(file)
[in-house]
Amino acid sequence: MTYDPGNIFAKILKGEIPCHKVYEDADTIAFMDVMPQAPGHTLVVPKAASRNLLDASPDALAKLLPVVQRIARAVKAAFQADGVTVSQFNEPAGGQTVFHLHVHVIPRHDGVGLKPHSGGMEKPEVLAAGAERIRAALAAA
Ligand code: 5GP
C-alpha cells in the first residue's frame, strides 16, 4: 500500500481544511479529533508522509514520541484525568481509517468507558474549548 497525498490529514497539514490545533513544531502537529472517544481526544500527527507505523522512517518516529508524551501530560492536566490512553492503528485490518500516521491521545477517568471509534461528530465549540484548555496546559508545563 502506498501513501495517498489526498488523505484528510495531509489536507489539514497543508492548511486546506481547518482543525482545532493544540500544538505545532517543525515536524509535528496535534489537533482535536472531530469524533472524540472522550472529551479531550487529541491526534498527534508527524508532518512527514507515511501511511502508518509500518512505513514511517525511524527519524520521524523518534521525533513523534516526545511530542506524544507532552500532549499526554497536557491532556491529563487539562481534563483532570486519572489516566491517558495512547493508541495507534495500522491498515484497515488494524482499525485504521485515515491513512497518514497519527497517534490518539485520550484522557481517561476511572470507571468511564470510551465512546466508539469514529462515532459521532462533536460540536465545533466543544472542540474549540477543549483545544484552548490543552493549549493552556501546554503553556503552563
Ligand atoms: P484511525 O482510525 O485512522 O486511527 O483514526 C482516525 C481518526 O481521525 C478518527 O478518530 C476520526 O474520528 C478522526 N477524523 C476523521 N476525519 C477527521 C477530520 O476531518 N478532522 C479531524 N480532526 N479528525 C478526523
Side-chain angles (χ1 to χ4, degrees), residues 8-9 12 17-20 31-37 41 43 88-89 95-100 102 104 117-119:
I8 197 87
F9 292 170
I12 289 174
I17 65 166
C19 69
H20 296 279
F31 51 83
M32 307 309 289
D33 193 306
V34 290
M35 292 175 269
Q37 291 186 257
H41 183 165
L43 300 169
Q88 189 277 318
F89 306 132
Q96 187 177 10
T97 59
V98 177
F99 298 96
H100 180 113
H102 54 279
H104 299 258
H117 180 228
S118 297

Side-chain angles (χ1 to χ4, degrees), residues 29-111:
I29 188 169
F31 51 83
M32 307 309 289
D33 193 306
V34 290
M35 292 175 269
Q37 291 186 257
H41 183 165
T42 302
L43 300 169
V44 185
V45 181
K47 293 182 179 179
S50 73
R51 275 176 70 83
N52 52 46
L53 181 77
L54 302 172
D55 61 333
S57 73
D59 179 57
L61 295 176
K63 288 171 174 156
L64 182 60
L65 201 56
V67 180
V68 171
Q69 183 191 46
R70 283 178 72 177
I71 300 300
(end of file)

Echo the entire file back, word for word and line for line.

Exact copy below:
[in-house]
Amino acid sequence: MTYDPGNIFAKILKGEIPCHKVYEDADTIAFMDVMPQAPGHTLVVPKAASRNLLDASPDALAKLLPVVQRIARAVKAAFQADGVTVSQFNEPAGGQTVFHLHVHVIPRHDGVGLKPHSGGMEKPEVLAAGAERIRAALAAA
Ligand code: 5GP
C-alpha cells in the first residue's frame, strides 16, 4: 500500500481544511479529533508522509514520541484525568481509517468507558474549548 497525498490529514497539514490545533513544531502537529472517544481526544500527527507505523522512517518516529508524551501530560492536566490512553492503528485490518500516521491521545477517568471509534461528530465549540484548555496546559508545563 502506498501513501495517498489526498488523505484528510495531509489536507489539514497543508492548511486546506481547518482543525482545532493544540500544538505545532517543525515536524509535528496535534489537533482535536472531530469524533472524540472522550472529551479531550487529541491526534498527534508527524508532518512527514507515511501511511502508518509500518512505513514511517525511524527519524520521524523518534521525533513523534516526545511530542506524544507532552500532549499526554497536557491532556491529563487539562481534563483532570486519572489516566491517558495512547493508541495507534495500522491498515484497515488494524482499525485504521485515515491513512497518514497519527497517534490518539485520550484522557481517561476511572470507571468511564470510551465512546466508539469514529462515532459521532462533536460540536465545533466543544472542540474549540477543549483545544484552548490543552493549549493552556501546554503553556503552563
Ligand atoms: P484511525 O482510525 O485512522 O486511527 O483514526 C482516525 C481518526 O481521525 C478518527 O478518530 C476520526 O474520528 C478522526 N477524523 C476523521 N476525519 C477527521 C477530520 O476531518 N478532522 C479531524 N480532526 N479528525 C478526523
Side-chain angles (χ1 to χ4, degrees), residues 8-9 12 17-20 31-37 41 43 88-89 95-100 102 104 117-119:
I8 197 87
F9 292 170
I12 289 174
I17 65 166
C19 69
H20 296 279
F31 51 83
M32 307 309 289
D33 193 306
V34 290
M35 292 175 269
Q37 291 186 257
H41 183 165
L43 300 169
Q88 189 277 318
F89 306 132
Q96 187 177 10
T97 59
V98 177
F99 298 96
H100 180 113
H102 54 279
H104 299 258
H117 180 228
S118 297

Side-chain angles (χ1 to χ4, degrees), residues 29-111:
I29 188 169
F31 51 83
M32 307 309 289
D33 193 306
V34 290
M35 292 175 269
Q37 291 186 257
H41 183 165
T42 302
L43 300 169
V44 185
V45 181
K47 293 182 179 179
S50 73
R51 275 176 70 83
N52 52 46
L53 181 77
L54 302 172
D55 61 333
S57 73
D59 179 57
L61 295 176
K63 288 171 174 156
L64 182 60
L65 201 56
V67 180
V68 171
Q69 183 191 46
R70 283 178 72 177
I71 300 300